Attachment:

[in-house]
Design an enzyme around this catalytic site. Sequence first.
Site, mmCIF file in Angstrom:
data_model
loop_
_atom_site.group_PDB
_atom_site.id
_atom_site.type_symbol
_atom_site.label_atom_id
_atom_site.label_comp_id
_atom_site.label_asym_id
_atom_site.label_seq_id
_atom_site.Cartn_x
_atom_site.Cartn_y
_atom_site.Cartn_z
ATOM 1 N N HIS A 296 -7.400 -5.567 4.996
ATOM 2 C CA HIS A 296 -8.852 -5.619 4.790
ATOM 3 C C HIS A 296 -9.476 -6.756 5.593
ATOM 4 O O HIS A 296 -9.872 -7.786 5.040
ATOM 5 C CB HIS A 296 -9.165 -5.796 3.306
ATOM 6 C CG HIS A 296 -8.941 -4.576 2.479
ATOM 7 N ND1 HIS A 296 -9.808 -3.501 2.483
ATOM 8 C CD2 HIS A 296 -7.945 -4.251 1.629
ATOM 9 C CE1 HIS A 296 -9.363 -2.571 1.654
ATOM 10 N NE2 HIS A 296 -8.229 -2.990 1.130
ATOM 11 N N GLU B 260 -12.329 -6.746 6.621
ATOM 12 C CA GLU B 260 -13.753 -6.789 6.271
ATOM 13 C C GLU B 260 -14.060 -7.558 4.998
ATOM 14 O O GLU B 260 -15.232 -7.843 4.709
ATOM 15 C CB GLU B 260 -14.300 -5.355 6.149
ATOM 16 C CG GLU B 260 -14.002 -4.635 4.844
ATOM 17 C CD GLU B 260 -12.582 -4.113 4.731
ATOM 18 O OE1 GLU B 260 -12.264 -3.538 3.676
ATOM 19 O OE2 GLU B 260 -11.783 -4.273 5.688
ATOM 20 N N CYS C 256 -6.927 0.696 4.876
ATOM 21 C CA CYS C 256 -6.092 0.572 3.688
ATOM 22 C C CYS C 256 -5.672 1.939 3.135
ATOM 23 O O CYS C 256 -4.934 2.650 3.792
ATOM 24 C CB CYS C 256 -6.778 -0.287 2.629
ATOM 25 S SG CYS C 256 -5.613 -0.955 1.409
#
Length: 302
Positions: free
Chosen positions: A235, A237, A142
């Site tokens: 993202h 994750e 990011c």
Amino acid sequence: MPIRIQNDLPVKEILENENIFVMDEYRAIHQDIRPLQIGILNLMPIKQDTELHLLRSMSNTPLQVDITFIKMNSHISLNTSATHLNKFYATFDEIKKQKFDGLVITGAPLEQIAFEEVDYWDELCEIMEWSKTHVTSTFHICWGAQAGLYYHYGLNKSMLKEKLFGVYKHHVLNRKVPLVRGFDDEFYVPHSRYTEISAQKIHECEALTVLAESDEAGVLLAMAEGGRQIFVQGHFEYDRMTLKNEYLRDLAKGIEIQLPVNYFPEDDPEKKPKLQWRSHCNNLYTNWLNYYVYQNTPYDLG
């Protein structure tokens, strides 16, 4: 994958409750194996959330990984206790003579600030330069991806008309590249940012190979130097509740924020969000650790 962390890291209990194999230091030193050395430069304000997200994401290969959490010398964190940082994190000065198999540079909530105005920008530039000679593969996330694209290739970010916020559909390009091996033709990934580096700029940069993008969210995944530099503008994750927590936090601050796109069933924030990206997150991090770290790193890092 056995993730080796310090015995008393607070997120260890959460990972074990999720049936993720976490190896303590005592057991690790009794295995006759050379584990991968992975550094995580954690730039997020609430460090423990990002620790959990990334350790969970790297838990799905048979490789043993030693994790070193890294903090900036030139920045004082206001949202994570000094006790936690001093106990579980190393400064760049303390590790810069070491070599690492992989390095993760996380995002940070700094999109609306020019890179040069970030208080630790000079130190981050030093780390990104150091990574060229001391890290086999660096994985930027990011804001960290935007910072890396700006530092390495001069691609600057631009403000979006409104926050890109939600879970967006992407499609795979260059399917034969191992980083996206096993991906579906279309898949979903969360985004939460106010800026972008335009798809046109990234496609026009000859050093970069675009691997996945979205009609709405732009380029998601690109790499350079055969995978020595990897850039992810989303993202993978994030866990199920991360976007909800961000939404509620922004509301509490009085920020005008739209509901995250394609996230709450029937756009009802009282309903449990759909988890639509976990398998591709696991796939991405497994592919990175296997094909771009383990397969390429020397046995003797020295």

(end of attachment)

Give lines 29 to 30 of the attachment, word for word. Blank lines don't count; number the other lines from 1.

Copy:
ATOM 14 O O GLU B 260 -15.232 -7.843 4.709
ATOM 15 C CB GLU B 260 -14.300 -5.355 6.149